He snapped balls at center for the Chargers for 11 years, but now calls himself a “stay-at-home dad” of two young sons.

Former Chargers center Nick Hardwick voices appears at CSAG news conference.
Former Chargers center Nick Hardwick voices appears at CSAG news conference.

That’s not all Nick Hardwick wants to stay at home.

“From a former player’s perspective, we talk about the legacy and all the effort that went into” the football team — along with that of the fans, he said after a financing plan was unveiled Monday by the Citizens’ Stadium Advisory Group.

“All of that gets washed away in an instant” if the Spanos family moves the NFL team to Los Angeles or Carson, he said. “This city can’t have that happen.”

Moreover, he told a handful of reporters, “Who says San Diego is not the better business situation? I don’t think there actually (are) Chargers fans in L.A. … It’s a transient community.”

He said San Diego was still in a “young stage” of fan development. San Diego “is where it’s at.”

“If you try to move up to L.A. and start all over again, you’ve got another 60 years before you get a diehard fan base.”

Hardwick, looking fit and healthy after losing 85 pounds from his 293-pound playing weight, said an NFL franchise is “the heart and soul of the city,” giving a community something to rally around and talk about over the neighbor’s fence.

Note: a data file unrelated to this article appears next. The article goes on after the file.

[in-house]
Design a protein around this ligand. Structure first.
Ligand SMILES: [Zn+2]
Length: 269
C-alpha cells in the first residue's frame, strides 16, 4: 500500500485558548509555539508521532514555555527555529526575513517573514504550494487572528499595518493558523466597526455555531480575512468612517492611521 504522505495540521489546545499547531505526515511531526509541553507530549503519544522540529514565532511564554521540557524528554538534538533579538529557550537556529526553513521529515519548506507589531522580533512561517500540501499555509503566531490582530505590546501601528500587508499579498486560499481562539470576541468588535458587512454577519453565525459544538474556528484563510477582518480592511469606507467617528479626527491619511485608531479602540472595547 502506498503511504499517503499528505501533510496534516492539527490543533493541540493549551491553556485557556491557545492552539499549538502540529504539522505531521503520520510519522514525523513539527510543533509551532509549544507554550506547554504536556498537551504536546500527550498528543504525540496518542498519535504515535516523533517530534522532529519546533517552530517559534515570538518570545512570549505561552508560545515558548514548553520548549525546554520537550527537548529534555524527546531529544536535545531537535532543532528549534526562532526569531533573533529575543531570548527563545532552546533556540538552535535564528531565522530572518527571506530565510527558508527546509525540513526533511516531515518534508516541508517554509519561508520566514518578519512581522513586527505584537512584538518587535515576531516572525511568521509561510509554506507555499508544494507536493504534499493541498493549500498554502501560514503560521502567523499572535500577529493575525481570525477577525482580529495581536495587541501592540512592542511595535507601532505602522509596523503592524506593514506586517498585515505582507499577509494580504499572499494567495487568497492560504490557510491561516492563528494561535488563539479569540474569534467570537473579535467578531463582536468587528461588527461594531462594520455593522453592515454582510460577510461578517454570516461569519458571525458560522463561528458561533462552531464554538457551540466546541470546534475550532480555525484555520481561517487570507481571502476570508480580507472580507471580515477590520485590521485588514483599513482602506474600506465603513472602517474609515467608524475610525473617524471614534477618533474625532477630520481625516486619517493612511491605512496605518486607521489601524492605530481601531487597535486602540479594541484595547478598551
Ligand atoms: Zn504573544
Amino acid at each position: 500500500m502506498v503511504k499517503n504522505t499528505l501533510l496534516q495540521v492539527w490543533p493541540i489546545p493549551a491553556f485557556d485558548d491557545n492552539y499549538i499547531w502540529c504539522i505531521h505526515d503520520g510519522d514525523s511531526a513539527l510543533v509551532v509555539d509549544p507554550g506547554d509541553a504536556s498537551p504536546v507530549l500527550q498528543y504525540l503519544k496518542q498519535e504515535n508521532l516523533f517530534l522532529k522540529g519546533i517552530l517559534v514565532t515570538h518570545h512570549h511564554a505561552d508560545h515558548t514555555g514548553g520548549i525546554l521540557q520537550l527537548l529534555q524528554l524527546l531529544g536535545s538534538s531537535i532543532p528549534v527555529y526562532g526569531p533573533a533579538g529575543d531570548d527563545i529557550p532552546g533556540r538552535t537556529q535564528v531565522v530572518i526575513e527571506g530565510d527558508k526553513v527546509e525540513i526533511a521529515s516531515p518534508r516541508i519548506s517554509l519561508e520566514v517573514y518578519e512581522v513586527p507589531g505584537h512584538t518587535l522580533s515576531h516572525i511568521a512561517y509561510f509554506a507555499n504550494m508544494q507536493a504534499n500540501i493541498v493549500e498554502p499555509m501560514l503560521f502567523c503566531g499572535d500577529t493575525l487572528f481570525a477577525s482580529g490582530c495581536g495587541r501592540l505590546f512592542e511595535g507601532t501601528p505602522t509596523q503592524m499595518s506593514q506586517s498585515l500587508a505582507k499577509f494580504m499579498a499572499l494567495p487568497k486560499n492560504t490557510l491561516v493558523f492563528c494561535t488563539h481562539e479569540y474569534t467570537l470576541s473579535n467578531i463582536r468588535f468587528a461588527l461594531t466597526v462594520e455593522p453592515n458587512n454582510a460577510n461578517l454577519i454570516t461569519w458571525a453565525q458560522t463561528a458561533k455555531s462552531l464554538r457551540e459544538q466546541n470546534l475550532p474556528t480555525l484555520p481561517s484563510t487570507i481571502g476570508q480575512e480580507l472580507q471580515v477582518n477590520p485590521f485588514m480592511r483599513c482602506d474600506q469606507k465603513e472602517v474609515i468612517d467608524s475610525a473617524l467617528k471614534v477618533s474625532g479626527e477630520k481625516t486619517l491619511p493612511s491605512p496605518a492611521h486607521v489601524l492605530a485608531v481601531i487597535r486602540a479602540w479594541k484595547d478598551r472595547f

Losing such a team means “your kids don’t have heroes to look up to,” he said.

Will the CSAG financing plan have a chance with Chargers ownership?

“I don’t think that this particular plan will be acceptable by the Chargers,” he told Times of San Diego. “But I think a plan that works off this foundation will be accepted by the Chargers.”

He called himself “very optimistic” the team and community would come together on a stadium and financing plan. “Everything that has been said or done up until is now is negotiable. … From my perspective, it’s a fair proposal.”

He commended the Chargers for “creating a sense of urgency” in the community — by laying out plans for a move to a joint-use stadium in Carson.

Asked whether the $1.1 billion stadium designed my Dan Meis and his team of architects would “improve” the football team, Hardwick said it may put “some bait on the hook” of free agency, but doesn’t automatically improve the team’s play.

He wouldn’t comment on the financing plan itself, calling it “way above my pay grade,” but he was certain of one thing.

“I plan on being in the city the rest of my life,” Hardwick said.

Chris Stone contributed to this report.